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Using brain connectivity growth charting in youth to identify attention problems

Pediatricians routinely use growth charts to measure patients’ height, weight and head circumference to look for abnormalities. What about using growth charting to examine maturation of functional networks in the brain to look for neurocognitive abnormalities such as attention impairment?

That’s what Chandra Sripada, M.D., Ph.D., of the University of Michigan, Ann Arbor, and coauthors did in a new study published online by JAMA Psychiatry.

Authors investigated alterations in intrinsic connectivity networks (ICNs), which are important units of brain functional organization that show substantial maturation during youth, and attention performance. Statistical associations between deviations from normative network growth were assessed for outcomes, including a diagnosis of attention-deficit/hyperactivity disorder (ADHD).

The study used publicly available data from a sample of young people who underwent assessments including neuroimaging. The authors’ analysis included data from 519 youth (average age almost 16) and, of those, 25 young people (4.8 percent) met the criteria for ADHD.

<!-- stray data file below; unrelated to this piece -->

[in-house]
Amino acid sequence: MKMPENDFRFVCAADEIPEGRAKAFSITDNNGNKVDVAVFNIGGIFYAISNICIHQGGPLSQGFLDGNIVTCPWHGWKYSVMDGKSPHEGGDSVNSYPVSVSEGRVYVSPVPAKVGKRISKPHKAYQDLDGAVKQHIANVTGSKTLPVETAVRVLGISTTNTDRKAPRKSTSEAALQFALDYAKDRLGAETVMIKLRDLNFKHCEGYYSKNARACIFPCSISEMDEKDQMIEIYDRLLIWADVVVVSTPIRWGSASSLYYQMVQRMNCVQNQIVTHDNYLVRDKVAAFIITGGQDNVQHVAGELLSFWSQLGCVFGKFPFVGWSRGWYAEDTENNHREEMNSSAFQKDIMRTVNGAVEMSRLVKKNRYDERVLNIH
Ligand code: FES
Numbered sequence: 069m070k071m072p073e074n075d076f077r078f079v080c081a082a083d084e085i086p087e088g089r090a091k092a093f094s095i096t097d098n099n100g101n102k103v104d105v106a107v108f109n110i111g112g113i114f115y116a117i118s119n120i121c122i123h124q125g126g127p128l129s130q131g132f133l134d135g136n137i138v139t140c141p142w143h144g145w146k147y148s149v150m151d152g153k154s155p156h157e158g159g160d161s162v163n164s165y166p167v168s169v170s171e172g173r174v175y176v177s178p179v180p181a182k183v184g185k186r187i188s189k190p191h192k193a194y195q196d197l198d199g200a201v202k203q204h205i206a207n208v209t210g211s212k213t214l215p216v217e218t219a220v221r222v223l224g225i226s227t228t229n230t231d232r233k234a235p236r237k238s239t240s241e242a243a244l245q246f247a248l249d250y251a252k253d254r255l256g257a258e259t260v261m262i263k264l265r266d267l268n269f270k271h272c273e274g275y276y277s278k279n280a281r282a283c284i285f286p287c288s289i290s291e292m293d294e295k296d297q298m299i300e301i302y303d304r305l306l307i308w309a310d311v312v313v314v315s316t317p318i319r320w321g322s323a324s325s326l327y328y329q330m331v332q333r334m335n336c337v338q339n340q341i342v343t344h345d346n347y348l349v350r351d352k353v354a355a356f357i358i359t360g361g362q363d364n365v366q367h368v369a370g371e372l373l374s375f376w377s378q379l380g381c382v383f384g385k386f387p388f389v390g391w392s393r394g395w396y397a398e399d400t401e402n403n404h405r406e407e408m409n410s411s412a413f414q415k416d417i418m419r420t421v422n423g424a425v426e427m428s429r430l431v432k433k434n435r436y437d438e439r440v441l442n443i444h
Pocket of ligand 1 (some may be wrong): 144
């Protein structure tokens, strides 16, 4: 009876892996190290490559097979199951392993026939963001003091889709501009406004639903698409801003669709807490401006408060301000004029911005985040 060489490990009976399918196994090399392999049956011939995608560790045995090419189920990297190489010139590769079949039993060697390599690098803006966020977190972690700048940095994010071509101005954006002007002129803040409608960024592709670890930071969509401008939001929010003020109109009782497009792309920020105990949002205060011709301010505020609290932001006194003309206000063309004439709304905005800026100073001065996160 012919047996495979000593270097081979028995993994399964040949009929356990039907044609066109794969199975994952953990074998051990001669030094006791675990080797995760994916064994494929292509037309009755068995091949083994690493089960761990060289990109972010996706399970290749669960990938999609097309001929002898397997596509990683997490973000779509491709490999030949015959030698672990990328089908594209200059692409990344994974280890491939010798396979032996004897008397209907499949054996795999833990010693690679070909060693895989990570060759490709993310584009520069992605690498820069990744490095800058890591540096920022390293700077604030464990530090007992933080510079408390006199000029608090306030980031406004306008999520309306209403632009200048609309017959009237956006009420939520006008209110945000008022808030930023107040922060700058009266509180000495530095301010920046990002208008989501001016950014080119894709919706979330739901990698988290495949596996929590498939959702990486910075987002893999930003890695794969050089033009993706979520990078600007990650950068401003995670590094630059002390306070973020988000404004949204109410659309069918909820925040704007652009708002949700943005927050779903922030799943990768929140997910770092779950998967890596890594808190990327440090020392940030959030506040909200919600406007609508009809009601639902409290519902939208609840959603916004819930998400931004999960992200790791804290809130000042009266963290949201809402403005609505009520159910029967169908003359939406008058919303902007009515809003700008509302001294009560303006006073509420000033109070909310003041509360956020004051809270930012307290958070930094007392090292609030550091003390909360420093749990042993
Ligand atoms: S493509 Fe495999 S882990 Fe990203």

Deviations from normative maturation patterns of brain network growth appeared to be associated with impaired sustained attention performance and ADHD diagnosis, according to the results.

The authors note study limitations which include that their findings need to be replicated.

“This study introduces a novel brain network growth charting method for the prediction of attention impairment. Our results invite further investigation into the use of neuroimaging to identify patterns of brain dysmaturation that can serve as early, objective markers of cognitive problems and disorder vulnerability,” the study concludes.